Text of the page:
Everyone is familiar with the surrealist Salvador Dali and his famous artworks, but not as many people know about his permanent exhibition in France called the Espace Dalí. The entire complex holds over three hundred original art pieces made by Dali himself. It’s located near the Place du Terte in Montmarte. Creations like the Space Elephant are housed in this museum along with several other Dalinian sculptures. Dali’s conquest for surrealism is a widespread conveyance of its curiosity through the different artistic media. He made use of everything from paperwork to painting to sculpture.
Espace Dalí – Photography by Florian75018
Within the museum, there are many chambers for the various types of visitors. There are workshops for children to learn about art, as well as temporary exhibitions at specific halls. The two galleries that make up the museum are the Galerie Dali and the Galerie Montmarte. The later is for several contemporary artists’ exhibition usage. The Espace Dalí is a wonderful place to visit for art enthusiasts, historians, professors, students and even families. It showcases the biggest group of artworks made by the master and is open to visitors young and old.
The term Found Art was coined by the famous artist Marcel Duchamp. It referred to art whose subject composition was that of everyday objects who retained their form but were changed just a bit. These objects were among the things that were not usually considered to be classified as art or art media. Other names for Found Art are Readymade Art or Trash Art. The purpose behind the invention of found art is to challenge the notions of what constitute fine art in the first place. Just because an everyday object has a routinized or boring purpose doe not mean that it cannot be seen as art in one way or another. Every artwork made and categorized as Found Art must have an input though from the artist- such as a narration or explanation to clarify its meaning. The object becomes such art because of the artist’s direct designation of the object as art, therefore he or she must defend the idea behind it.
Sculpture by Marcel Duchamp – Photography by Alfred Stieglitz
Found Art quickly spread after the time of Duchamp and made its way into popular society. Dadaism quickly sprung from it and several artists such as Man Ray and Francis Picabia used it in combination with traditional art as well. Its roots can be traced to several more artists in history such as famous surrealists like André Breton and historical geniuses like Pablo Picasso.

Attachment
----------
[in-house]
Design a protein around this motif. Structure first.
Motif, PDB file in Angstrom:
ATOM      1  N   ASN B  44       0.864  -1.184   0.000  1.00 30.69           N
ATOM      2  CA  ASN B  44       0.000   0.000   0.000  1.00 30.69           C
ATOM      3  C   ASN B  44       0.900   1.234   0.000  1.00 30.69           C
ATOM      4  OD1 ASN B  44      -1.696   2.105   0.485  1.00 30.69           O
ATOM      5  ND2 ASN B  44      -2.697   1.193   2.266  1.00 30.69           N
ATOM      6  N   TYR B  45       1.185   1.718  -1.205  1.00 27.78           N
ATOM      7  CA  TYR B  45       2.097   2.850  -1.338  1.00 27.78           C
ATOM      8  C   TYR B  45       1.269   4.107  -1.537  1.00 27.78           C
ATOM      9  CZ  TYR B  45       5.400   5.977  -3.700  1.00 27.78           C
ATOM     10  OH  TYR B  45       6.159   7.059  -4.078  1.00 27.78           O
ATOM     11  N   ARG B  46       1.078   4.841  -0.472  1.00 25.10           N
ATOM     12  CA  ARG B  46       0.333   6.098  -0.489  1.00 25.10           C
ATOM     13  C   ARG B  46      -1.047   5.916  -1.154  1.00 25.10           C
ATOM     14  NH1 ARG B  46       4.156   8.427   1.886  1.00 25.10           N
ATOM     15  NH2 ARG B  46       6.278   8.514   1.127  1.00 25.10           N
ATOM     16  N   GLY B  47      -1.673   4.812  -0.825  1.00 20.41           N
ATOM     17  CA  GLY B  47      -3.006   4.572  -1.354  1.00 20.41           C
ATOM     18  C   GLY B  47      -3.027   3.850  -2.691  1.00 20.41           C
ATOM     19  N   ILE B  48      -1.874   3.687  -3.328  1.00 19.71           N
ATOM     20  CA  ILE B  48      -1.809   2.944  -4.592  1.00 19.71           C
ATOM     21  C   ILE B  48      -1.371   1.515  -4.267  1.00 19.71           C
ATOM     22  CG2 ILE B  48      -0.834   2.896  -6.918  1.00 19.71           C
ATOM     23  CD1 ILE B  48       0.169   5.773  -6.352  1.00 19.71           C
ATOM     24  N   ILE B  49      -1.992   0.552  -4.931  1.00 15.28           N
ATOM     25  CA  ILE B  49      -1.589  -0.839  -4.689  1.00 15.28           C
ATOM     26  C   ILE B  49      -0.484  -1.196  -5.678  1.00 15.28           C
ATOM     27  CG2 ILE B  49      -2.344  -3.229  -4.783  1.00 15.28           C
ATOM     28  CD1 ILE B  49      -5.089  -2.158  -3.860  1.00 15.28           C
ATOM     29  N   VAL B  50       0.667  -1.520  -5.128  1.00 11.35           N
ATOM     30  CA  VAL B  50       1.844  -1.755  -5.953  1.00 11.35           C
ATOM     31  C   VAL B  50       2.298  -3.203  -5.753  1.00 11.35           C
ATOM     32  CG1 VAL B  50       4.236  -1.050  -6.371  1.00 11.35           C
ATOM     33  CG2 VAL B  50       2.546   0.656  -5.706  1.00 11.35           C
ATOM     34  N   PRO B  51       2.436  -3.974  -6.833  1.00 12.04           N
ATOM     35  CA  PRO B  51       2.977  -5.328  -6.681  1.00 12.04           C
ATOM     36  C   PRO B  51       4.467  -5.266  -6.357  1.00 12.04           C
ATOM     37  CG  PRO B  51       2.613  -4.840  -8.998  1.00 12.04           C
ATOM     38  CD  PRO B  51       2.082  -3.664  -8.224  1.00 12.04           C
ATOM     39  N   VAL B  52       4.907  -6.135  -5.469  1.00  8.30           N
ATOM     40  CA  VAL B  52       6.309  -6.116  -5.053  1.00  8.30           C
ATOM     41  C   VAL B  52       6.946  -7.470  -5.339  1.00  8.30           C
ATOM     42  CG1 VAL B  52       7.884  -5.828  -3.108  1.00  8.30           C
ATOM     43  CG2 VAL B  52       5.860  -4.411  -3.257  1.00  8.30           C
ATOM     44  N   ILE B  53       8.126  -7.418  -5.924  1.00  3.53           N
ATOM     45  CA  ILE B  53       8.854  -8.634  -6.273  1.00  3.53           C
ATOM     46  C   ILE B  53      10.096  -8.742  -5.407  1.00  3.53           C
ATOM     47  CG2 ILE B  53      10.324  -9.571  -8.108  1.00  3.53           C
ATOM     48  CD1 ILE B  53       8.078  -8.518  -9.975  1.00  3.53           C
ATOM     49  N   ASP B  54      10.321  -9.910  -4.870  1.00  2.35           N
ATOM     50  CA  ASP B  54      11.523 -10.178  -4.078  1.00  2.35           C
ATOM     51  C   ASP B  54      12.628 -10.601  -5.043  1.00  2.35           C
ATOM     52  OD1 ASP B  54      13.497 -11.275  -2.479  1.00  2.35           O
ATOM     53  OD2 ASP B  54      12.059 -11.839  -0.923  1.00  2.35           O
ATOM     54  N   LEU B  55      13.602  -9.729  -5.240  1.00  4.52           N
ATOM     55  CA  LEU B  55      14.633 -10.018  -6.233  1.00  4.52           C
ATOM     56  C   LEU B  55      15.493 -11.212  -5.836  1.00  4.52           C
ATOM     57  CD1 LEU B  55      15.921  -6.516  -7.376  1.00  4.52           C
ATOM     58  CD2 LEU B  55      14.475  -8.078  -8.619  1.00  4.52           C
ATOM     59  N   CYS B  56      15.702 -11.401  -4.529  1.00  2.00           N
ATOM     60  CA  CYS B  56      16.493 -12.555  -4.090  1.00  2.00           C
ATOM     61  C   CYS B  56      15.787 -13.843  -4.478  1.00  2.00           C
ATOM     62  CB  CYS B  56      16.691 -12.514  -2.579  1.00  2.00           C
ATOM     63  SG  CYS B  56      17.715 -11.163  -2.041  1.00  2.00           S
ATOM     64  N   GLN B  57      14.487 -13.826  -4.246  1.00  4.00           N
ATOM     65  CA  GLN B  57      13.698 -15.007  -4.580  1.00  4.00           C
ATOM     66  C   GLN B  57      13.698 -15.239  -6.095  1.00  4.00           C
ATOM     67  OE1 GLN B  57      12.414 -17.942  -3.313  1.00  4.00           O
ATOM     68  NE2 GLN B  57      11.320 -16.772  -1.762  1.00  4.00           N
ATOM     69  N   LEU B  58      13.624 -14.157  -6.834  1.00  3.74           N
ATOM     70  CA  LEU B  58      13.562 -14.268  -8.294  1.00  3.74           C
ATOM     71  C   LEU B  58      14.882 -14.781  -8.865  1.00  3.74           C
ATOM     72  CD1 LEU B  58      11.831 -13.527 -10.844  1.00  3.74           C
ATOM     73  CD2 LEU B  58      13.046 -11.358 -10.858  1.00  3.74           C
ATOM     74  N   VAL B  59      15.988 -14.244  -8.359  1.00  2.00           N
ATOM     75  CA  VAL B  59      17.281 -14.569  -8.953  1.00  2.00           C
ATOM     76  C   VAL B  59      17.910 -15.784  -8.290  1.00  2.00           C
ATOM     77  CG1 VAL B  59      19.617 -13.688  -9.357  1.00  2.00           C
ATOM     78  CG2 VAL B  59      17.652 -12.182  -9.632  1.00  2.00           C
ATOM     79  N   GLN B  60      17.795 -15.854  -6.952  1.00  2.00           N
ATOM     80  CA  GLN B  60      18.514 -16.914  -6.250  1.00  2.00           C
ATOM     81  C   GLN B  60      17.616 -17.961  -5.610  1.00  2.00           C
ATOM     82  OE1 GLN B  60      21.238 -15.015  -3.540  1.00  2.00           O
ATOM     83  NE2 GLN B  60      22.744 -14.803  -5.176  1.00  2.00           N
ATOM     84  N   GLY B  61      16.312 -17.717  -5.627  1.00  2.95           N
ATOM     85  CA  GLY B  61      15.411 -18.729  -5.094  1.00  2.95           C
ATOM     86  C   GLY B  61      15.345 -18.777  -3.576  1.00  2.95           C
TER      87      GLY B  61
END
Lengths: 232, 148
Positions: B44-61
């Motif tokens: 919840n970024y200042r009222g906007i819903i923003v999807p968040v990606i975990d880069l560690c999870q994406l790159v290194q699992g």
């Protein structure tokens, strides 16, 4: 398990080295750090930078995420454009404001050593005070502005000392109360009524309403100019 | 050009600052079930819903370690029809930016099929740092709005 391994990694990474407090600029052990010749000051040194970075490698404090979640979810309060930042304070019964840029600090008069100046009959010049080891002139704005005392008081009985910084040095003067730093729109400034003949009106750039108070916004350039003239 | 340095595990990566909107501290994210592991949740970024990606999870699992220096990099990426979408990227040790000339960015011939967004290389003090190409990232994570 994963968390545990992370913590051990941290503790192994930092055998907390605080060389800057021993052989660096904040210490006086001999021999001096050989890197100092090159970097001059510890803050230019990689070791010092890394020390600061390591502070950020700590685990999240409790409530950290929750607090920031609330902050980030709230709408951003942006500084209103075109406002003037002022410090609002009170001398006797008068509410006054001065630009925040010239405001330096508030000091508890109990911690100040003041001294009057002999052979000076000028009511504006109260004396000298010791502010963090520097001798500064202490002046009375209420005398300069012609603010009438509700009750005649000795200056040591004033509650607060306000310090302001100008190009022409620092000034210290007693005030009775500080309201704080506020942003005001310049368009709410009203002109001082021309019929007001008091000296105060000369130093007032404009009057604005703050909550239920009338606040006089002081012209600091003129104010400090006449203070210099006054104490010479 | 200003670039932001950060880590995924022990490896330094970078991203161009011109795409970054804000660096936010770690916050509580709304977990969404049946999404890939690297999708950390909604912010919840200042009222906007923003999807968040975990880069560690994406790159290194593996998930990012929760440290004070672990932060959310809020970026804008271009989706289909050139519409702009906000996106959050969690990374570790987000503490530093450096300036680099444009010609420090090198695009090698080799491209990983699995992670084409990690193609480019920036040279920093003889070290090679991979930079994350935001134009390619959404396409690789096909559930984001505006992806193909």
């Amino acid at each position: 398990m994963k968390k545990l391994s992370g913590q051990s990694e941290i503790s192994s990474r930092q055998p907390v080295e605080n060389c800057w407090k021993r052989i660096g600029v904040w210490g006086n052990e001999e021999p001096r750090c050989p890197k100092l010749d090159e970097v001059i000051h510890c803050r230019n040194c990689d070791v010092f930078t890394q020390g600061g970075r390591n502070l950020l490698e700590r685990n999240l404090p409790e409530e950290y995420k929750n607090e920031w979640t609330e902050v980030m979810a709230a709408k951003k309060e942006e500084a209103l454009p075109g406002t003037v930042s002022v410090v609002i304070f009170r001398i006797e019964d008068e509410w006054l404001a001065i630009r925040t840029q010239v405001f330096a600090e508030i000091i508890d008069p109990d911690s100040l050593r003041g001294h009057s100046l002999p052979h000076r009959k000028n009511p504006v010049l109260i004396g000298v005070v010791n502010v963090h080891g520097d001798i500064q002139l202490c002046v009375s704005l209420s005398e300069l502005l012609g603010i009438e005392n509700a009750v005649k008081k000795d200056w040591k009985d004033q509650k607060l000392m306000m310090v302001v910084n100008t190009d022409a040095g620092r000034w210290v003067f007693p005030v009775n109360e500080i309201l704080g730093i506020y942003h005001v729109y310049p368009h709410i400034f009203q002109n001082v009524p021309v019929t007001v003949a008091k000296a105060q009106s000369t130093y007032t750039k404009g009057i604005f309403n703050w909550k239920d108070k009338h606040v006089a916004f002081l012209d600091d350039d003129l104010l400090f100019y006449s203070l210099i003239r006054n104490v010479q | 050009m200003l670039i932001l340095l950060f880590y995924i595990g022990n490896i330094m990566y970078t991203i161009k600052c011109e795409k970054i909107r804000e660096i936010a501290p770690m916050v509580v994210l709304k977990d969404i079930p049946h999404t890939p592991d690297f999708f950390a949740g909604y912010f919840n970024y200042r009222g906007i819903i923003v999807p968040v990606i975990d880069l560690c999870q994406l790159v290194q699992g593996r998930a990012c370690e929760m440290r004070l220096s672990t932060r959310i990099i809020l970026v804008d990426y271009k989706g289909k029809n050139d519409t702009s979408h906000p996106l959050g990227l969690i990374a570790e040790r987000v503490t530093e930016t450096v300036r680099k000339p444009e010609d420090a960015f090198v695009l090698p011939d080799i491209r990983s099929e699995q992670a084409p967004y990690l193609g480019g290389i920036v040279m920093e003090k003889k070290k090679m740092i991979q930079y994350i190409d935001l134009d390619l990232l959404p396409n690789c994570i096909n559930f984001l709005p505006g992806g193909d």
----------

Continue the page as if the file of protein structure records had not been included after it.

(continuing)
Earlier, we mentioned that Trash art or junk art is another name for found art. This is because many people in the modern world have attributed the two to be one and the same (though this was not true during the earlier times.) Trash art is actually a sub-genre and is usually made up of assemblage sculptor who make use of discarded materials like old computers and microwave ovens. This type of contemporary art is a more modern way of looking at the journey of Found Art into the present time.
Wire sculpture isn’t a new technological development or anything, it’s been around for hunreds of years. With so many various applications in technology, fashion and other fields, the manipulation of wire contours vastly outnumbers its applications singularly for art. Today though, many new designers seek to create a new way of representing this media within the world of sculpture. One vividly illustrative way is the application of wire sculpture into jewelry. Jewelry based on wire mesh, string-type or flat-type is a fairly common sight at trade fairs, competitions and even exhibitions. Modern styles dictate that the usage of stand-alone wire designs are much more accepted today than they were in the previous decades. These days, the trends go for a highly metal or silvery tone, bypassing the absolute rule of traditional gem and gold-based jewelers.
At this point, wire sculpture has also made its way into original figurative art pieces. Several personalities create wire figures by coiling or meshing a group of wires into the silhouette or exact shape of a subject. In the past, this may have been referred to a building an armature. Armatures are traditionally made to support cast sculptures when in their final phase of completion. Armature were also used as support units for clay modeling (especially with oil based clay.) Wire has outgrown these component functions and evolved into its own artistic media, allowing it to stand alone against a sea of rival materials. The growing number of wire artists just proves even more that any media despite its history, can still rise up and create something truly breathtaking and beautiful.
Singapore’s recent fame with the art world isn’t just because of its status as a prestigious place to attend art auctions. The country’s own sculptors have a big impact on the global community as well. Now, let’s delve into the artistic life of Singapore’s Han Sai Por.
Han Sai Por is one of Singapore’ treasured artists. She studied at several notable art schools such as the Nanyang Academy of Fine Arts, East Ham College of Art, the Wolverhampton College of Art and the Lincoln University in New Zealand. Her sculptures reflect upon the eyes as very organic and natural in shape. She plays with the theme of life and the role that natural design plays in our world. Han’s very first exhibition; Four Dimensions was held at the National Museum Gallery in the early 1990’s.
Sculpture by Han Sai Por – Photography by Stefano Sartor
Han founded the Sculpture Society of Singapore at the turn of the millennium, and was the very first resident sculptor of the organization’s sculpture Pavillion at Fort Canning Park. It was there that she leaned on her taste for organic sculpture even more and created masterpieces from the trunks of Tembusu trees. Despite this, she is known much more for the stone sculptures that she creates to portray natural wonders like the birth of seeds and the spirit of nature. Han is a sculptor who has achieved more in her lifetime than most artists could ever dream of. She was awarded the Cultural Medallion for Art in 1995 among several other recognitions that were given to her during the course of her career.